81. An Orchard of Forgiveness

81. An Orchard of Forgiveness

From Chicken Soup for the Soul: The Power of Forgiveness

An Orchard of Forgiveness

All major religious traditions carry basically the same message, that is love, compassion and forgiveness… the important thing is they should be part of our daily lives.

~Dalai Lama

A wave of memories and emotions swept over me as I wandered the apple orchard. I had come face to face with one of my greatest fears within the walls of the orchard store. Nothing had prepared me to look into the eyes of the man who had permanently altered virtually every aspect of my son’s wellbeing when he violently shook him.

It had been eight years since we had presented our victim impact statement at his sentencing in the district courthouse. On that day, he was taken into custody to serve a limited prison sentence for the felony charge of shaking my son. My son faced a lifetime sentence of severe and profound disability. I didn’t view this as justice.

I thought back to the day prior to Ryan’s shake when he proudly showed off his new crawling skills. I bubbled with pride as I watched him explore his new mobility. The next day, I saw the same child suffering from a traumatic brain injury, locked in a coma, and living only by virtue of a miracle, extensive brain surgery, and a ventilator. The days and nights in the pediatric intensive care unit were long and brutal as I watched for signs of life amid all of the sensors, lines, and monitors.

On top of that, my husband and I were being investigated for causing his injury and already convicted by the staff of a crime we didn’t commit. Meanwhile, the perpetrator, a once loved and trusted daycare provider, protected his own self-interest and refused to admit guilt.

In time, Ryan awoke from his coma. Around the same time, we were ruled out as suspects. The journey of parenting a medically fragile, quadriplegic, cognitively delayed, nonverbal child began. When we took Ryan home from the hospital, his head control was that of an infant, he could not move any of his limbs, and he was fed through a g-tube. He was neurologically agitated and experienced grand mal and complex partial seizures with a frightening regularity that took away all sense of calm and control. We did not feel equipped to handle the magnitude of his care, yet we had no choice. By the grace of God and the assistance of very skilled and supportive medical, therapeutic, and educational communities, we not only survived but thrived as a family. Ryan was our inspiration. We were continually encouraged by his grace, perseverance, and positive disposition.

An integral part of our family journey involved the grief process and anger resolution. We knew early on that we could not hold ourselves hostage to our own victimization. The crime committed against our son could never be undone. In order to promote a healthy and loving environment for Ryan, we had to let go of what happened and focus on how we could provide the best possible life for Ryan. Focusing on what could have been only caused pain and regret. Living the life presented to us to the fullest was the healthiest and happiest way to live.

Forgiveness occurred early on. My faith encouraged it, and the ability to move on demanded it. Simply, I needed to forgive to live. I did not want to raise Ryan in a fabric woven with anger, hate, and resentment. Forgiveness paved the way for hope, joy, and immense love. Forgiveness did not lessen the wrongness or impact of the act, but Ryan deserved a positive life and a mom who focused on the beauty of the person he was instead of the devastation that permanently changed him.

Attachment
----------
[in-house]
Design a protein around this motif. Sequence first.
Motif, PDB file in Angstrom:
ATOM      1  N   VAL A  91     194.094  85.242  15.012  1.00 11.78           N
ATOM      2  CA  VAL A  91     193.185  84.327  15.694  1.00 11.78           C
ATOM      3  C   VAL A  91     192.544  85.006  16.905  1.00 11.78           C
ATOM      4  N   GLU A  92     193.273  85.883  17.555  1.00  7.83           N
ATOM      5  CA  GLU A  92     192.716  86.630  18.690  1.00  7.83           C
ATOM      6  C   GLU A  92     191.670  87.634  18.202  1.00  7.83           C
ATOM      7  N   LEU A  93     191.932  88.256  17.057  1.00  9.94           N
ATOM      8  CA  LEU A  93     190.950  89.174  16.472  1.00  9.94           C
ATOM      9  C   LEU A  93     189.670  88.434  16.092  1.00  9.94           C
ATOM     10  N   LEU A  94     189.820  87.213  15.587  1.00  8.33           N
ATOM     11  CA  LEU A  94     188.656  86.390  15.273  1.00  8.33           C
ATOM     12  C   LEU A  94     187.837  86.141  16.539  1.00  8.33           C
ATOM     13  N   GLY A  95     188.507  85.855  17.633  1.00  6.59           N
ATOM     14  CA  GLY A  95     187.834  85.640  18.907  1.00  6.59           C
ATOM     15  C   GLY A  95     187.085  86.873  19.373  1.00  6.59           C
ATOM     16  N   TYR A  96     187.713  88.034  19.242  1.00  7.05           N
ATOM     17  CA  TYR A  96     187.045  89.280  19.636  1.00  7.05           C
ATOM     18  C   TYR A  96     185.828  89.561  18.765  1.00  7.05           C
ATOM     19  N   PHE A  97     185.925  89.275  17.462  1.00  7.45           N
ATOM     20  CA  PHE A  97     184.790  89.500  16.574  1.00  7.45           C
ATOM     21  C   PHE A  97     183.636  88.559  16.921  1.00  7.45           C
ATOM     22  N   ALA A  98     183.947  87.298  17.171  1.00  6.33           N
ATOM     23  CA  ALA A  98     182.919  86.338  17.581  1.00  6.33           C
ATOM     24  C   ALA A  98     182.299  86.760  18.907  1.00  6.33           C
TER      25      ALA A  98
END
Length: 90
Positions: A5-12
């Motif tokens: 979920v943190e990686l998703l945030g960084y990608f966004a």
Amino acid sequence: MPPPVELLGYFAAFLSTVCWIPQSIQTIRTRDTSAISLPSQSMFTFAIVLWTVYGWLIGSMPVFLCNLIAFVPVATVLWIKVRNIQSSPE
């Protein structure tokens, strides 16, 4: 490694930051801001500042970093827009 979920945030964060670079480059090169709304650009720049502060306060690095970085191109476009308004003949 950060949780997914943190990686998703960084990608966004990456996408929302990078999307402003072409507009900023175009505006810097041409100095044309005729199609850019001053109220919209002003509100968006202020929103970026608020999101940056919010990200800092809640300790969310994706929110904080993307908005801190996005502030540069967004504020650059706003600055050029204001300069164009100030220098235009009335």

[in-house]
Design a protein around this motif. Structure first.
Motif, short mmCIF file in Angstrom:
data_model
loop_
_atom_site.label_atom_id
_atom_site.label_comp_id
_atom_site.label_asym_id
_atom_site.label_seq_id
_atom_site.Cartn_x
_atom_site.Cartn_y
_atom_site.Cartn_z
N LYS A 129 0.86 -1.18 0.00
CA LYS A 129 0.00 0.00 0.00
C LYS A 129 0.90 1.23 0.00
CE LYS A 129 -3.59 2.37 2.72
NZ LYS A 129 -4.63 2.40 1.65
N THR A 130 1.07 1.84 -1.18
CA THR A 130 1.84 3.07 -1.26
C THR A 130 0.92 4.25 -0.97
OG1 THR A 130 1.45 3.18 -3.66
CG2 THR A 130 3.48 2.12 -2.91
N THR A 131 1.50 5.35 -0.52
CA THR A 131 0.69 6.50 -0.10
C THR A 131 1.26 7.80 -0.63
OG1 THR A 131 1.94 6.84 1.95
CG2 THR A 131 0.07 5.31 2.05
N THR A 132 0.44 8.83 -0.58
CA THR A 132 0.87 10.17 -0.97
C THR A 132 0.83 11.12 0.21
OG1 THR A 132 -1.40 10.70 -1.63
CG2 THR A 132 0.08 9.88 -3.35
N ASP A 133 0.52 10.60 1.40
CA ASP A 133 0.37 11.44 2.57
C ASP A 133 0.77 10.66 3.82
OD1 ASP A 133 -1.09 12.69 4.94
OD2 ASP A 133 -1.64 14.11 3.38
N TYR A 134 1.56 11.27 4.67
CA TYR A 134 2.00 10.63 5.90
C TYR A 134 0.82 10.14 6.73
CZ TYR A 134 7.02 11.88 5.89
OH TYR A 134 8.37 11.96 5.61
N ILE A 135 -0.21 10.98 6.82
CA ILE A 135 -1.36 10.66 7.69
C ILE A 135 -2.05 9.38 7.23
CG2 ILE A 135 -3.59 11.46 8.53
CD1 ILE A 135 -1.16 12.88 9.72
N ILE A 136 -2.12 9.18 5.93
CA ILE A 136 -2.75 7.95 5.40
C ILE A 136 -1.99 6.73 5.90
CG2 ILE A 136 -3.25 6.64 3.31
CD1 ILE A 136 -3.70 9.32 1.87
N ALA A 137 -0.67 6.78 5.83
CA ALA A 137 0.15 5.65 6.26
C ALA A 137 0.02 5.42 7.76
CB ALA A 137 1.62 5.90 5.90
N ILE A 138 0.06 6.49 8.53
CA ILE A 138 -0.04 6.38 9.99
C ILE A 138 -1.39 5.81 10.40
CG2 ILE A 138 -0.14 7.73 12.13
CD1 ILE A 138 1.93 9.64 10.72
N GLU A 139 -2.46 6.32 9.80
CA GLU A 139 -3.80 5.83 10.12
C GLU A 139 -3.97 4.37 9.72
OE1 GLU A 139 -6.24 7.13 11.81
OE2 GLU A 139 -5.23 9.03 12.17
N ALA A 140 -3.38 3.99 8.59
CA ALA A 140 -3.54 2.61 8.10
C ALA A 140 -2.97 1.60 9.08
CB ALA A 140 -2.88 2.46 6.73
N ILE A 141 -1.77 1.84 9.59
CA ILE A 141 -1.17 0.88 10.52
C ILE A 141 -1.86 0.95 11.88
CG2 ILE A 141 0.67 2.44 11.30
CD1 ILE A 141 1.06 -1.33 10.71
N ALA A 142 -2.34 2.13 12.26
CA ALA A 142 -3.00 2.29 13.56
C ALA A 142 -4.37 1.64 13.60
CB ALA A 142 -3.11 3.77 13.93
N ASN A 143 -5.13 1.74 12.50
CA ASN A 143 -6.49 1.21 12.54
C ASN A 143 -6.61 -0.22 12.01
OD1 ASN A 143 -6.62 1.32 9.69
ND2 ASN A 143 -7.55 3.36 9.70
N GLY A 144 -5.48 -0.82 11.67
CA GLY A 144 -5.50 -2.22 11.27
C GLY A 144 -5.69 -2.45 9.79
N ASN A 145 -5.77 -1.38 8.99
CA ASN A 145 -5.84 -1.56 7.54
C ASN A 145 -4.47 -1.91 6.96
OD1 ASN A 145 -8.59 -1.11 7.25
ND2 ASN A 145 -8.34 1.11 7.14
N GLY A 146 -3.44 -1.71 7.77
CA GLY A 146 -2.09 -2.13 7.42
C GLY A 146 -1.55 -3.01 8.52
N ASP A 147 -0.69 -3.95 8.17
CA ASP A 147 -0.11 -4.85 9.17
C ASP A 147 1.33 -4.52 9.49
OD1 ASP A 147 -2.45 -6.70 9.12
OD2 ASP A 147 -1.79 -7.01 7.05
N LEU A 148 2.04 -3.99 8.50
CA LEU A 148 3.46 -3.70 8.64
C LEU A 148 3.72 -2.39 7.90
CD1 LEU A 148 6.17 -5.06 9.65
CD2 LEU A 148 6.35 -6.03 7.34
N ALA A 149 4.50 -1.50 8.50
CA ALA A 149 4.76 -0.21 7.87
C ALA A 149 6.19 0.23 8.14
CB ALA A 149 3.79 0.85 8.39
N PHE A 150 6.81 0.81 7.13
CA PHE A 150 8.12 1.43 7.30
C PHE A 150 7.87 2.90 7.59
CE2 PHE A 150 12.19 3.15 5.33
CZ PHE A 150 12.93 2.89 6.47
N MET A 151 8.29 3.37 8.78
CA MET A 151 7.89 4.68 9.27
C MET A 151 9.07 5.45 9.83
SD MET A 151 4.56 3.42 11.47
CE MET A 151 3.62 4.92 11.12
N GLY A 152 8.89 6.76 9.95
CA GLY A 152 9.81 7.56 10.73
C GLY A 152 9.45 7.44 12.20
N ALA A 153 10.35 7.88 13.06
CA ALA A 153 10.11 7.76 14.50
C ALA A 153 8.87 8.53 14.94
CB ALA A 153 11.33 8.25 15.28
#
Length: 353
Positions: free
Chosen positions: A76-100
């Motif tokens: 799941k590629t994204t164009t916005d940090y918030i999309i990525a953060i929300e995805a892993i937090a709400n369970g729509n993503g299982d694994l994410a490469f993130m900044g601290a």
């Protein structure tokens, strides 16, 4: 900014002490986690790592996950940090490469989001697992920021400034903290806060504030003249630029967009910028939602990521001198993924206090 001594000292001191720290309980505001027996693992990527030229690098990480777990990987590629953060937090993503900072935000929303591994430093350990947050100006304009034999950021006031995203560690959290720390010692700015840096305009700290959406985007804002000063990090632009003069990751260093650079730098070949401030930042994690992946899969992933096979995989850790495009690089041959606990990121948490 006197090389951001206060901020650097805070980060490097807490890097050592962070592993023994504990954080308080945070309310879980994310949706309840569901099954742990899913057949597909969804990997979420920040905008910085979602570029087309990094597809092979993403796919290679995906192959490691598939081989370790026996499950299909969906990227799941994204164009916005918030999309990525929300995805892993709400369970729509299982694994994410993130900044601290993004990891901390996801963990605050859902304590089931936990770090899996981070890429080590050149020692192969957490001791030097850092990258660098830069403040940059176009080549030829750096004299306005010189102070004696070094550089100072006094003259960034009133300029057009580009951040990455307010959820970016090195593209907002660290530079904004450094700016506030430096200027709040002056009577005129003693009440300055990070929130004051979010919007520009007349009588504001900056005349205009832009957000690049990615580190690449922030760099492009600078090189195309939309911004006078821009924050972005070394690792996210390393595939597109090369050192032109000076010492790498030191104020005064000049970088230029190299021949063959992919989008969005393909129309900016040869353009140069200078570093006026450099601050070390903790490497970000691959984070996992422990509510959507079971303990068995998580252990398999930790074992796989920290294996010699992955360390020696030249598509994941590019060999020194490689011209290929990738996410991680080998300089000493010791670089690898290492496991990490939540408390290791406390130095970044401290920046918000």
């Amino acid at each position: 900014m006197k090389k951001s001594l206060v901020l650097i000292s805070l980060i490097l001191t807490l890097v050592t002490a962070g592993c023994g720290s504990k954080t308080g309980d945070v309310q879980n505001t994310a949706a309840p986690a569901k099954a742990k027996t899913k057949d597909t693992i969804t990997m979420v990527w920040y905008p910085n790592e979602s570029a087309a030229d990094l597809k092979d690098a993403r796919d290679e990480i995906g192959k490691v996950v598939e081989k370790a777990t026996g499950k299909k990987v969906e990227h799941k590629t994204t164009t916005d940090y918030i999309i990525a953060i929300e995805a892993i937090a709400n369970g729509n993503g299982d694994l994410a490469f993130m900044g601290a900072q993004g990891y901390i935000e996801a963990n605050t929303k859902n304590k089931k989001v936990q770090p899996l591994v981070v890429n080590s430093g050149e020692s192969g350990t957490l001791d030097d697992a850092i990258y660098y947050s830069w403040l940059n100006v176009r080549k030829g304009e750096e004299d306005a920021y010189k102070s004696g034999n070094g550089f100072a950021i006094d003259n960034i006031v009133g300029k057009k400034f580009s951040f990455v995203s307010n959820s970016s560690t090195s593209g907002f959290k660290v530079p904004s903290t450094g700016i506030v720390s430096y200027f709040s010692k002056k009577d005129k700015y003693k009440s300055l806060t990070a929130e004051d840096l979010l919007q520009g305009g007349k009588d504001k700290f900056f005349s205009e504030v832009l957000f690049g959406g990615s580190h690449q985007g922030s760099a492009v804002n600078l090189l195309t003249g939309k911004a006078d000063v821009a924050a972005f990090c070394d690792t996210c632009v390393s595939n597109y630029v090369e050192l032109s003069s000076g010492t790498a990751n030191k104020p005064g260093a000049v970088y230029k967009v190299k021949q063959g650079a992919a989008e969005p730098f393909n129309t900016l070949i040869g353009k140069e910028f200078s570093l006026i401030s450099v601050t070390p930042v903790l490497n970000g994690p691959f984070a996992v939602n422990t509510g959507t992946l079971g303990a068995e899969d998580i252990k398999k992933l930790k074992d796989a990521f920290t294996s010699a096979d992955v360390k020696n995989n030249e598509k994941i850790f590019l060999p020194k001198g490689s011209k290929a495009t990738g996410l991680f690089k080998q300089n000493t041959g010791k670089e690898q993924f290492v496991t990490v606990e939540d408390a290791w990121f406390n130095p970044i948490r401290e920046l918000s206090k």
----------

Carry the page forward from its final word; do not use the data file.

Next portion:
Returning to the apple orchard, I strolled among the trees to catch my breath, revisit the memories, find my balance, and pray. Once centered, I returned to the orchard store where I saw him again. This time I smiled and waited in the wings while he and his wife carried on a conversation with the orchard owner. He shared happy memories of visiting the orchard as a child and the continued annual tradition of returning to his roots.

The ease and simple pleasure with which he spoke indicated that he, too, had moved on from that dark day. He had rebuilt a life filled with new hopes and dreams. He had served his time in prison, struggled to find employment as a convicted felon, divorced his first wife, and lost all visitation rights with the daughters who were his world when we knew him. As a man of faith, I have no doubt that he probably faced his own demons of guilt and sadness for the crime committed. For the first time since the shake, I saw the man we had so carefully chosen to be the caregiver to our son. I was able to look beyond the betrayal and pain and see the qualities that initially made us believe that he was a faithful, kind, and nurturing individual. As I watched, I did not seek to make myself known. It wasn’t my place to guide the moment. It was time to let “our” story rest.

Unexpectedly seeing our former daycare provider at the apple orchard was a test of the authenticity of my forgiveness. It was important to realize that it was genuine. I do believe that we are all capable of facing life’s unpredictable but defining moments with grace when we allow love and compassion to be our guide.

I have no doubt that Ryan would not have stopped at a smile. He would have said “hi” and fully embraced the moment with his abundant grace and unconditional love. While I could not go that far, I realized that I did not begrudge the man a good life. I believe that our lives were meant to cross paths in that moment for the sake of healing, but I also acknowledged that he will never be a part of our lives moving forward. I have forgiven, but I will never forget. I will, however, continue to live life in God’s ongoing promise of hope and joy, displayed in the daily affirmation of my son’s beautiful smile.

~Kirsten Corrigan

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